A “town centre-first” strategy could prove critical to national recovery, otherwise Ireland risks the untimely death of its once-vibrant town centres.
There have been calls for the creation of an interdepartmental National Town Centre Taskforce to revive urban centres which are being blighted by underused and vacant urban building stocks.
In effect, Irish towns centres are on the verge of no longer being considered “living” towns after businesses lock down their shutters after close of business or failed prospected developments lie idle and unused.
“We surveyed Dundalk and it has a 24pc vacancy rate. Tralee has a 24pc rate. If you get to 40pc your town is dead”
Even before Covid-19, a Town Centre First programme was critically important and urgently needed attention with Irish national commercial vacancy rates at 13.3pc (GeoDirectory). Meanwhile, research from the Parliamentary Budgetary Office, published 28 July, demonstrates that at least 18,000 new homes would become available if vacant properties were activated.
Bring life back to Irish town centres
In a submission to Taoiseach Micheál Martin, Chambers Ireland has urged that a well-resourced Town Centre First programme would serve as a platform for a counter-cyclical economic stimulus – supporting jobs while carrying out much needed public works at a cost-effective point in the economy cycle.
Chambers Ireland CEO Ian Talbot pointed out that an impactful Town Centre First programme would position Ireland to be more competitive, with sustainable housing and resilient local economies and communities, and would allow us to take better advantage of the rebound to the global economy, which may be another three years away.
Talbot pointed out that €10m was earmarked for Town and Village renewal schemes as part of the July Stimulus.
“With 300,000 people living in over 600 small towns and villages this will not have a noticeable impact at the national level, and it neglects the urgent needs of over 3,000,000 people who are living in the urban areas of our cities and towns across every county.
“The Heritage Council’s town centre health checks have demonstrated that our urban spaces are among the least active in Europe. The economic burden of vacancy is felt very heavily in our towns and cities. The Covid-19 crisis is already making the vacancy problem in our town centres worse. Business owners are experiencing significantly reduced footfall and business activity.
“The Programme for Government makes a commitment to a ‘Town Centre First’ approach. If this objective is to be successful it will require the Taoiseach’s leadership and a cross departmental approach. Coordinating the policy activities of the departments of Planning, Housing, Enterprise, Transport and Finance with the actions of Local Authorities is too broad a brief for any one minister and will require the Taoiseach to lead the way if we are to make the necessary changes to change a system that has led to vacancy rates that are far higher than the EU average.
“More attractive urban spaces that support active transport can revive our high streets through supporting increased footfall which leads to higher levels of local spending. Beyond the immediate commercial concerns, making urban living viable will be key to creating sustainable communities that can succeed under the Climate Action Plan.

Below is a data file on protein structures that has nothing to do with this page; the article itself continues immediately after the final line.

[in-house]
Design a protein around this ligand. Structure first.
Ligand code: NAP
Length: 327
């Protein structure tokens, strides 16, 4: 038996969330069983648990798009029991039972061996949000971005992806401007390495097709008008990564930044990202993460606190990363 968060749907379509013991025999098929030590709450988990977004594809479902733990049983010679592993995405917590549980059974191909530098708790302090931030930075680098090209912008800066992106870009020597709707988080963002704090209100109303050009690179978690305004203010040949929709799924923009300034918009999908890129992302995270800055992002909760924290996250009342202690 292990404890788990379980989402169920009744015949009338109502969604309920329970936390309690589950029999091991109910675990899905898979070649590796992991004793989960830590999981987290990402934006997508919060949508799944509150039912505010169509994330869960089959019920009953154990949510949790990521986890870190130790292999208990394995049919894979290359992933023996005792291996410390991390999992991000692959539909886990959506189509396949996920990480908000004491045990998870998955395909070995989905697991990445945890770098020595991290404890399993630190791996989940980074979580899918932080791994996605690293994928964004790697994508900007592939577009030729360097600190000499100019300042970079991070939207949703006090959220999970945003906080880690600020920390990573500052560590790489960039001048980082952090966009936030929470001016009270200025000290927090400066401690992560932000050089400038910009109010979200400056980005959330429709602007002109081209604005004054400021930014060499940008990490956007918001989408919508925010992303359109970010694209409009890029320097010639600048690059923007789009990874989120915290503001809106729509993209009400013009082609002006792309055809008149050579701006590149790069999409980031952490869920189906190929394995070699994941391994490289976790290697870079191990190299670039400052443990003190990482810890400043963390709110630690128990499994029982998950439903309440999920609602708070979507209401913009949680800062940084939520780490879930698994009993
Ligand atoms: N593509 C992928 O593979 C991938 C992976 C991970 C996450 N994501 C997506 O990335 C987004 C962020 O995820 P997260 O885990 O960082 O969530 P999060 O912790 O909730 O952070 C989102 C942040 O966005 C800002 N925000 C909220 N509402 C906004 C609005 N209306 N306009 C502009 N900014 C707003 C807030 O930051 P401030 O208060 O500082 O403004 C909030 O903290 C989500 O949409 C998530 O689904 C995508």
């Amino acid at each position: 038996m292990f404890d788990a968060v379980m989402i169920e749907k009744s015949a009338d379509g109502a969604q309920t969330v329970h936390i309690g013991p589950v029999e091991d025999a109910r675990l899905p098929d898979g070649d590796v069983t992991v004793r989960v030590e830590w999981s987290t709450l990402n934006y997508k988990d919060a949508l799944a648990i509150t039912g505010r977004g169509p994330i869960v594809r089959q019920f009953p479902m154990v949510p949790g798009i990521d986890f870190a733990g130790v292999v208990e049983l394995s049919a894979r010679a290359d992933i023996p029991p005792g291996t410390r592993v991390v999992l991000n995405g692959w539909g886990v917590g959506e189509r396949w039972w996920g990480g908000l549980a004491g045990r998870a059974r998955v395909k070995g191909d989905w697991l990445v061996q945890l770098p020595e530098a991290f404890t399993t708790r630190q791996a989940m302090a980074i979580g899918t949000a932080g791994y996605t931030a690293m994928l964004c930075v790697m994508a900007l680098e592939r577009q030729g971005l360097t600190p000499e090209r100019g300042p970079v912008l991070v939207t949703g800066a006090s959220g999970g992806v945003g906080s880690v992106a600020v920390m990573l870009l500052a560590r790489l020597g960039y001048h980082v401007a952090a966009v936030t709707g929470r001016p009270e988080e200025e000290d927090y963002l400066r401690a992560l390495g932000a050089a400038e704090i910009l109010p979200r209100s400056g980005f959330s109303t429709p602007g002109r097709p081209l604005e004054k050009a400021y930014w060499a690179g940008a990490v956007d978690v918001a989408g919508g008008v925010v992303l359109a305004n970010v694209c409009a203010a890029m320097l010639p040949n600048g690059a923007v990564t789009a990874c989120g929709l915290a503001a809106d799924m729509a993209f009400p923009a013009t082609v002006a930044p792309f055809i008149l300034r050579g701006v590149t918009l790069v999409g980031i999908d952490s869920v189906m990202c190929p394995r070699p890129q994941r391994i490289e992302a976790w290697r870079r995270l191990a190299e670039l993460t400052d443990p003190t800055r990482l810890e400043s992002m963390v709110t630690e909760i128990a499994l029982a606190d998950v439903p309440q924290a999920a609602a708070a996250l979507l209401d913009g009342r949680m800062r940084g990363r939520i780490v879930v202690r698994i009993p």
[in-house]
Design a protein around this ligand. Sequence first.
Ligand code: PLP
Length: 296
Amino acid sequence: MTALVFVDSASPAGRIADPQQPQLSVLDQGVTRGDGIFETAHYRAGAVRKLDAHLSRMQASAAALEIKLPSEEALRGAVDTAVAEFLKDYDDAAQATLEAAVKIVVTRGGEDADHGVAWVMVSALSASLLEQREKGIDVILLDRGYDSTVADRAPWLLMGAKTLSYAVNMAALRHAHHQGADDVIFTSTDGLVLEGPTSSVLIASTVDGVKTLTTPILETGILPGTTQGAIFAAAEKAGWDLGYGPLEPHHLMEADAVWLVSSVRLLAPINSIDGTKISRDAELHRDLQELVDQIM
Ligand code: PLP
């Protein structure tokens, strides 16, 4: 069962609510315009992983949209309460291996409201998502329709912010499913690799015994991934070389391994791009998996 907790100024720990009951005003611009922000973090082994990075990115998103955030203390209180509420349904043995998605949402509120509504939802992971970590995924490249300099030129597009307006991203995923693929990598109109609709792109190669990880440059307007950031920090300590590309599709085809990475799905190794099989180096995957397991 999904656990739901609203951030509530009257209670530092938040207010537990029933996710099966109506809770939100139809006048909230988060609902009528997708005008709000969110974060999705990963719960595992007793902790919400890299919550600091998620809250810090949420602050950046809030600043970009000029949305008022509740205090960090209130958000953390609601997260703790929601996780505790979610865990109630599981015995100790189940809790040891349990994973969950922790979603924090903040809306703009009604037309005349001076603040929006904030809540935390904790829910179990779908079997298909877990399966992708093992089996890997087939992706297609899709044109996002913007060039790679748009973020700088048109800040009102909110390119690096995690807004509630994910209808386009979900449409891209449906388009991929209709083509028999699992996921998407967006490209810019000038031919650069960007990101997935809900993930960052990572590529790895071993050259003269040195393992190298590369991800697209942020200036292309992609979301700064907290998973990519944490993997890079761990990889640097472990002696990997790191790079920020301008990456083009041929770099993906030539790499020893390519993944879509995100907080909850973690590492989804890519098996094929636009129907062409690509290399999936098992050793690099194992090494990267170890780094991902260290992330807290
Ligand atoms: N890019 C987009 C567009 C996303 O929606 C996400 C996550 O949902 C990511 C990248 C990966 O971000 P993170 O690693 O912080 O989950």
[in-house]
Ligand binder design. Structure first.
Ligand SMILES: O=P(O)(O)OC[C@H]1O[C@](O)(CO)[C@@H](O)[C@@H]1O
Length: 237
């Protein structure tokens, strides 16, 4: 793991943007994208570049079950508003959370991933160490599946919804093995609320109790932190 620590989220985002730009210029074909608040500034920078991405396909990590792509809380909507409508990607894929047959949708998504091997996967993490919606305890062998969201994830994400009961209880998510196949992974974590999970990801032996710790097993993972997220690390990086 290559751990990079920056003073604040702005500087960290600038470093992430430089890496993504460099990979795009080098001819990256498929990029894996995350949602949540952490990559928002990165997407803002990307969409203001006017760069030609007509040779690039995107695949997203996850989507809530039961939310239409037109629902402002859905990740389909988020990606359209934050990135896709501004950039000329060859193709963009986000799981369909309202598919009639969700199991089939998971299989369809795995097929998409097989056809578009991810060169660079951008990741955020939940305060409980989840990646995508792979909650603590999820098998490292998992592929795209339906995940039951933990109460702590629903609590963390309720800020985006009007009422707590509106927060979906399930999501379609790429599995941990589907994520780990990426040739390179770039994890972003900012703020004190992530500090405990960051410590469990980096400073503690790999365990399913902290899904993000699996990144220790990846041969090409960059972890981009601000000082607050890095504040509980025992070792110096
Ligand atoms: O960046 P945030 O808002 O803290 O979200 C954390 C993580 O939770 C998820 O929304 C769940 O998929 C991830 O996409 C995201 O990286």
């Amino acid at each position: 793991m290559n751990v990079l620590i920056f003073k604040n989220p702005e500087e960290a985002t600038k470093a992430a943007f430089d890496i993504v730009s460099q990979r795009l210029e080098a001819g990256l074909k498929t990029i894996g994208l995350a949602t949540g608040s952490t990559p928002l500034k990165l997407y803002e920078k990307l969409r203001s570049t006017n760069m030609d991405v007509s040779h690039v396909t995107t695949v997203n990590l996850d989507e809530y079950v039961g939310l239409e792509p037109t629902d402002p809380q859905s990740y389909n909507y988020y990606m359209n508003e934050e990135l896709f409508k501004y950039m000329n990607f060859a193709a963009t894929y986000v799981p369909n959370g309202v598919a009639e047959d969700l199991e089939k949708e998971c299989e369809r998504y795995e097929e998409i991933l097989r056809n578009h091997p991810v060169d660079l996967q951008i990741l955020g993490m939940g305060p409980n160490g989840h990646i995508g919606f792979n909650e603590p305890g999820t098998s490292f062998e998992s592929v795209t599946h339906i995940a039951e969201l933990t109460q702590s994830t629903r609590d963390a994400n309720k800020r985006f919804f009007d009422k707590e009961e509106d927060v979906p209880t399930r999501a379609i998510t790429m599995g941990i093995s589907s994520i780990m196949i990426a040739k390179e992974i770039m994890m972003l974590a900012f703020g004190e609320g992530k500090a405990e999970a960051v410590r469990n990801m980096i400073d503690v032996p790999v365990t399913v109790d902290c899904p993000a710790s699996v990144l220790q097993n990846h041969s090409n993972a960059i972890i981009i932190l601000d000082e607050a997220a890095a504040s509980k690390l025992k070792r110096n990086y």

“There are billions of euros of works which Local Authorities have identified that need to be completed as part of the National Development Plan. Now is the time to make progress,” Talbot said.
A national crisis?
Earlier this year ThinkBusiness spoke to Alison Harvey from the Heritage Council who had been driving the Collaborative Town Centre Health Check (CTHC) Programme.
Harvey said that it is critical we focus on regeneration of town centres to become vibrant hubs for living communities and for conducting business.
Scotland, she pointed out has focused on a strategy of Business Improvement Districts (BIDs) in tandem with EU strategy to improve the trading environment of town/city centres. Under such a scheme building owners pay rates instead of businesses if their buildings are unoccupied. So far Scotland has created 40 BIDs compared with Ireland’s paltry handful (Dublin city, Sligo, Sandyford, Drogheda and Dun Laoghaire).
“There is no national strategy for this, which is not good,” Harvey warned.
At the heart of the issue is building dereliction, flights to the suburbs by former town dwellers and urban planning that has made what were former lived-in, thriving communities, empty shells once businesses close their doors at 6pm.
“What we’re seeing in Ireland isn’t really [urban] planning, it is development. The centres of our towns have lost people to the suburbs or behind and as a result the whole fabric of town centres have frayed and people have forgotten how to live together like they used to.”
The situation isn’t being helped by the rise of online shopping, no doubt spurred on even further by the Covid-19 pandemic as well as the evident drop in footfall because of the crisis and restrictions.
A key indicator to watch is vacancy rates, particularly retail vacancy rates. “The vacancy rate you desire is 4pc, and it is now 5pc in most EU countries,” said Harvey. “We surveyed Dundalk and it has a 24pc vacancy rate. Tralee has a 24pc rate. If you get to 40pc your town is dead.
Ultimately, Harvey said, what is needed is a fresh approach to urban district planning with a focus on quality of life. “We don’t really have a planning system, what we have in reality is a speculative development system. The NAMA Act was created for the best financial return, what we are arguing for is the best economic return.
“We need benchmarking to work out vacancy rates. The European view is if your vacancy rates go over 10pc you have a national crisis. How did we get to this stage?”
Written by John Kennedy (email@example.com)
Published: 5 August, 2020